On 5th May, 2017 the Supreme Court upheld the High Court judgement giving death penalty to the four accused in the ‘Nirbhaya’ case ie the brutal gang rape and murder of Jyoti Singh on December 16, 2012. The trial and conviction of the guilty in a time bound manner within four and a half years, is a welcome step in the context of the frequent denials of justice to victims of sexual assault.
However the sentence of death awarded by the lower courts and confirmed by the Supreme Court and welcomed by many is not a cause for celebration. PUDR wishes to record it's dissent on the death sentence awarded to the four accused.At this moment we want to reiterate that death penalty is not just barbaric but is not even a deterrent. Execution of Billa and Ranga in the high profile rape and murder case of siblings Geeta and Sanjay Chopra in 1982, or that of Dhananjoy Chatterjeein 2004 for the rape and murder of Hetal Parekh have not in any way acted as deterrents; if they had we would neither have the Nirbhaya case or rape and murder as an every day reality before us.
The course of trials and punishments in similar cases continue to be discriminatory and arbitrary, influenced by the social profile of the victims/ survivors, and of the accused. In comparison to the Nirbhaya case the Priyadarshini Mattoo case took fourteen years to decide, involved acquittal by the Sessions Court and finally resulted in a life sentence. The investigation, trial and punishment were all influenced by the accused being the son of a highly placed police officer. In the case of gang rape of five months pregnant Bilkis Bano and murder of 14 members of her family including her three years old daughter during the 2002 Gujarat carnage, the recent HC verdict underlines the social and political prejudices at work at every level. It took two years to get an FIR filed, fifteen years to secure a HC conviction, the accused have been out on parole several times during the trial giving them ample opportunity to intimidate and interfere, the case has had to be shifted from Gujarat to Maharashtra High Court. What is needed is to ensure even handed justice to all sexual assault victims and survivors by addressing these biases. Thorough investigation, a fair and time bound trial in all cases can act as a deterrent rather than the death penalty. In fact harsher punishment makes both of these less likely.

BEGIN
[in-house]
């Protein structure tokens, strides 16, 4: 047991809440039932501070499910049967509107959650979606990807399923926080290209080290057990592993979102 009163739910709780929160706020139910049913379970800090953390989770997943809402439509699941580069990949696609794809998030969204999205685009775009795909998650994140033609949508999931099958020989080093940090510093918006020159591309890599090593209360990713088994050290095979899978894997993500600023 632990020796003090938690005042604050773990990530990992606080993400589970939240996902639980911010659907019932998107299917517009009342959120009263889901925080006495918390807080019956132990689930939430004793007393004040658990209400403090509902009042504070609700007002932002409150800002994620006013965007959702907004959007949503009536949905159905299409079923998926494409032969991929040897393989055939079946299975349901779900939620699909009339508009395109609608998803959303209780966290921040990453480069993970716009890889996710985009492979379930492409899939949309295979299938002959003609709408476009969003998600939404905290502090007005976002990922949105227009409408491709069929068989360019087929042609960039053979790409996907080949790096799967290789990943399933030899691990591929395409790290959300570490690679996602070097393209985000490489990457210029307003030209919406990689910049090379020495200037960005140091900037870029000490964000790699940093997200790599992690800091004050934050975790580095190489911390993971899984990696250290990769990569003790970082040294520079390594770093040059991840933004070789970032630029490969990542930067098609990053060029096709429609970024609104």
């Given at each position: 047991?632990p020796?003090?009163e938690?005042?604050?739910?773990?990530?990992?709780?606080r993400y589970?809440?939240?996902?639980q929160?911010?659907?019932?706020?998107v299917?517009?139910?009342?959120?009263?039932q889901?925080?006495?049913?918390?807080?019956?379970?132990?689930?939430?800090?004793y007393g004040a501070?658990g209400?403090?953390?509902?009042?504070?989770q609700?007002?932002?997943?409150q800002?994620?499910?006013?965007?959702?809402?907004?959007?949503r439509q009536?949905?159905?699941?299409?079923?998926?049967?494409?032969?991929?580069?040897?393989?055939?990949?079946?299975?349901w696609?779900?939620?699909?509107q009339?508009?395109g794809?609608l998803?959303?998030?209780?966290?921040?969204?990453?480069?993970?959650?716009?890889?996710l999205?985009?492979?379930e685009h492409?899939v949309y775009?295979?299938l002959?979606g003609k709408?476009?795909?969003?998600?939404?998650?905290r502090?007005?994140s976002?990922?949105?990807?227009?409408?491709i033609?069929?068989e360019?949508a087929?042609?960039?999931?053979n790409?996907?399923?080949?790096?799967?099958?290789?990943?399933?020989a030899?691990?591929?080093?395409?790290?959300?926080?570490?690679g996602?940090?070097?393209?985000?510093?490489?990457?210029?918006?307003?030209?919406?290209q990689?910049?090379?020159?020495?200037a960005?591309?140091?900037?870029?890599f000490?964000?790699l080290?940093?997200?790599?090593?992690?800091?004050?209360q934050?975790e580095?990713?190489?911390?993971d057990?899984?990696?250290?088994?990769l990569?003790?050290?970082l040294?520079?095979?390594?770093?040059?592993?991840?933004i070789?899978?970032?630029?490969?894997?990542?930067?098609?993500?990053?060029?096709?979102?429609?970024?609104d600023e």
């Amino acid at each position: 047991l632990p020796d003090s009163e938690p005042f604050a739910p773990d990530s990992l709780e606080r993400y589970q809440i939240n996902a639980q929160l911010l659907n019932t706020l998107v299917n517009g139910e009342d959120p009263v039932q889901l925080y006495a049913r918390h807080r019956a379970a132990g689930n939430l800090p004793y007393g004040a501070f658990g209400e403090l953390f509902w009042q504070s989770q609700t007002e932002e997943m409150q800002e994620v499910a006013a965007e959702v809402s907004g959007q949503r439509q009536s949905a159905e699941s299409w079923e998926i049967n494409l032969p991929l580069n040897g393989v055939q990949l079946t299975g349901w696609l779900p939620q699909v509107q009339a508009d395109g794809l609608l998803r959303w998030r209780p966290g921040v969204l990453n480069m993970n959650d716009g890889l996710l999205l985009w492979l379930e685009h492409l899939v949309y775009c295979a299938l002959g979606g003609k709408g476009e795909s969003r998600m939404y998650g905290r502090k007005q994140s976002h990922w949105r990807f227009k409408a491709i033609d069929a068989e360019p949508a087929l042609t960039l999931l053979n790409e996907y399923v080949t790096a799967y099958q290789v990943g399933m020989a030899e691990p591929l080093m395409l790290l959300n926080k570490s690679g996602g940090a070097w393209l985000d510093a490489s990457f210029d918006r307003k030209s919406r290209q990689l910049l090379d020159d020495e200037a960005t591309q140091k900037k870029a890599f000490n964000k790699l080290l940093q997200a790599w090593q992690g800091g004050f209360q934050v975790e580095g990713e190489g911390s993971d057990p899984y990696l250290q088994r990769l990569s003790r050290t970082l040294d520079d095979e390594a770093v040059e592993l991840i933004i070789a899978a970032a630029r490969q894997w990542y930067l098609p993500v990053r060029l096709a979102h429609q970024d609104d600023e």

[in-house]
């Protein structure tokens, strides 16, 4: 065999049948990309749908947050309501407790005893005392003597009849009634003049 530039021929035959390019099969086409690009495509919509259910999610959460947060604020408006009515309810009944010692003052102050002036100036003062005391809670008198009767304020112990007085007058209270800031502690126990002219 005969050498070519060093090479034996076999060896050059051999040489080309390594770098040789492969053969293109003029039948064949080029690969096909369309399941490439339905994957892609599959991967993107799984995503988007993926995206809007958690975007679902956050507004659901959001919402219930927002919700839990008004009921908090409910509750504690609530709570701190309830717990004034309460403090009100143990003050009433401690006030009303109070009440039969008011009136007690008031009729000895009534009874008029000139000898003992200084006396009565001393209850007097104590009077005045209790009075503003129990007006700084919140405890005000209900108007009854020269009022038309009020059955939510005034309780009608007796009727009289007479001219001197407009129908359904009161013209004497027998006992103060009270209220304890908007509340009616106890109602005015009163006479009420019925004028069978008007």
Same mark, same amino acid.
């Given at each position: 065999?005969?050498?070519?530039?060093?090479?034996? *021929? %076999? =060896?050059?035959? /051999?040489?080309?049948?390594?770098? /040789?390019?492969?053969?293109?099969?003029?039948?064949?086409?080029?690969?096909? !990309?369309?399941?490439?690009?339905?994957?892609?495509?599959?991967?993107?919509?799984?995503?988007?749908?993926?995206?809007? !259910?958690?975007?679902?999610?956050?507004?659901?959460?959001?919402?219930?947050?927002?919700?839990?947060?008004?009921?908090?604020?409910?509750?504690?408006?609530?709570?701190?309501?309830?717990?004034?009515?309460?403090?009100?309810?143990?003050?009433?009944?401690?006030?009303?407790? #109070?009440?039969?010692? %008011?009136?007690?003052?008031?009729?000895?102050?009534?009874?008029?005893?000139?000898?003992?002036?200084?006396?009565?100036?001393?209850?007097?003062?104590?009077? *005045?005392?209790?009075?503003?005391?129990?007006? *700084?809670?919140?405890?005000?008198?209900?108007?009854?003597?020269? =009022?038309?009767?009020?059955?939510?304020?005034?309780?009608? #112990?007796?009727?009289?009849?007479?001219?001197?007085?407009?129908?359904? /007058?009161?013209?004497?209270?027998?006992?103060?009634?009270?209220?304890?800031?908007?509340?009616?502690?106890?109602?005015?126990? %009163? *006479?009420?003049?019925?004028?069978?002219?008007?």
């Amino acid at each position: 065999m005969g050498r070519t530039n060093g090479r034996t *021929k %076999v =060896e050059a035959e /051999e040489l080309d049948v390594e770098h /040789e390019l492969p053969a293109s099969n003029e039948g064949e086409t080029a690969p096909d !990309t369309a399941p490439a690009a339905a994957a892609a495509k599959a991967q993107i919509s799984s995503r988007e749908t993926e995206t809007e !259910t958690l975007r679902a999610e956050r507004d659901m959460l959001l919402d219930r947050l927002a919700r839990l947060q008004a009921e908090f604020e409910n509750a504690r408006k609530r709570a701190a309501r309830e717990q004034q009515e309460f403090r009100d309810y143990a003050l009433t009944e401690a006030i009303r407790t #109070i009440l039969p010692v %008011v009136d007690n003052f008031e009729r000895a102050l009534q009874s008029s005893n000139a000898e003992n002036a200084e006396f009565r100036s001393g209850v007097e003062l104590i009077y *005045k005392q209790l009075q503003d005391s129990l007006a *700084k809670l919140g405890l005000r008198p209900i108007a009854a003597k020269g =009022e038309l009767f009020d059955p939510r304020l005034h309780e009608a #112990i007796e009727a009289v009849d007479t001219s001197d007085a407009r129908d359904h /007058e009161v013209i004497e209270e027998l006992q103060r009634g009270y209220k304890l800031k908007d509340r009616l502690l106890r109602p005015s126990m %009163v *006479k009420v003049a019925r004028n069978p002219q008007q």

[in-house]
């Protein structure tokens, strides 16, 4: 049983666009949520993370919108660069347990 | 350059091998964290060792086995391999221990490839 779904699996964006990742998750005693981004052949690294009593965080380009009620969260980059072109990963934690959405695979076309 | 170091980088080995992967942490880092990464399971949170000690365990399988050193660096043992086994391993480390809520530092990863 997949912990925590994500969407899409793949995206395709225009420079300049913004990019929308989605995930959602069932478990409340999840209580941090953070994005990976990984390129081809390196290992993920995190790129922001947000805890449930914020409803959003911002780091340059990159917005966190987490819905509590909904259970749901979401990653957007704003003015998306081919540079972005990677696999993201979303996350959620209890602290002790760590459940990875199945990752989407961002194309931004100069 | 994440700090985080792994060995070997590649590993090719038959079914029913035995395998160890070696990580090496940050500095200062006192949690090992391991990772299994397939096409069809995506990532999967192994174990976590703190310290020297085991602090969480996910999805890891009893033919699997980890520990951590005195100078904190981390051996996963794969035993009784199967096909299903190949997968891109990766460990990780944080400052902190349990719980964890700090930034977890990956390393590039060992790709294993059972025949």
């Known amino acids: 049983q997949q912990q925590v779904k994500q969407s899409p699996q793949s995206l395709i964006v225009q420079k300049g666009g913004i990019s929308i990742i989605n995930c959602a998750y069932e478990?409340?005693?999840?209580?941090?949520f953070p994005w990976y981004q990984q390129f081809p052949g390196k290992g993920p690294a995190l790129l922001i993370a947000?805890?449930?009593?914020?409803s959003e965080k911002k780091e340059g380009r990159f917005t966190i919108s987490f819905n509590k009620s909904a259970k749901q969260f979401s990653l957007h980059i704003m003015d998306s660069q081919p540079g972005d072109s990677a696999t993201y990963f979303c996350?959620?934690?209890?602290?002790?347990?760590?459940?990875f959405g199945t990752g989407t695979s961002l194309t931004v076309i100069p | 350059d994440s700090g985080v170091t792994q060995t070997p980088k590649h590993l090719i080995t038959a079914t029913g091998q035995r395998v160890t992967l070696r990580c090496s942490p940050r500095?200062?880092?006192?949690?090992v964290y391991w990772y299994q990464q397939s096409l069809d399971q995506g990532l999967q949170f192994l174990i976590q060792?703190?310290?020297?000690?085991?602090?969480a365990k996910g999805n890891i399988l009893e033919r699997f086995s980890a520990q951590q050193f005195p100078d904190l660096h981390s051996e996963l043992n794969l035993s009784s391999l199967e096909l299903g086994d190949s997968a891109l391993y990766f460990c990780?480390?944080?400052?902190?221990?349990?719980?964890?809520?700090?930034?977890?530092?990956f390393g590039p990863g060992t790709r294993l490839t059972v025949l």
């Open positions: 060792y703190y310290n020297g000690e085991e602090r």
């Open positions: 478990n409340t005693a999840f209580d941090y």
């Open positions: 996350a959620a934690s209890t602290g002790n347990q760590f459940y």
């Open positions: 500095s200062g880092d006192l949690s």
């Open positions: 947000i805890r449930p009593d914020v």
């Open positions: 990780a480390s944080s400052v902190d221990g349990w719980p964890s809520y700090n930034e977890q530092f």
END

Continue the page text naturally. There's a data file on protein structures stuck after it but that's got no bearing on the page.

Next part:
The Courts, including the apex court have repeatedly displayed a tendency to award death penalty to and make an example of perpetrators belonging to the most wretched sections of society, quite often to assuage a so-called “collective conscience” which is primarily masculinist, upper caste Hindu, urban and middle class. Investigations too are coloured by this bias. The kind of miscarriage of justice that can be the result is most apparent in the execution of Dhananjoy Chatterjee case which has since been shown to be fraught with anomalies. Given the fraught history of implementation of death penalty, Courts should desist from awarding rather than justifying death penalty while summarily dismissing social conditions as in this case. However on the contrary the Criminal Law amendment on sexual assault in introducing death penalty on the statute books has in fact even undone the 'rarest of rare' doctrine for award of death sentence, paving the way for Courts to summararily award death sentence in cases of rape and murder.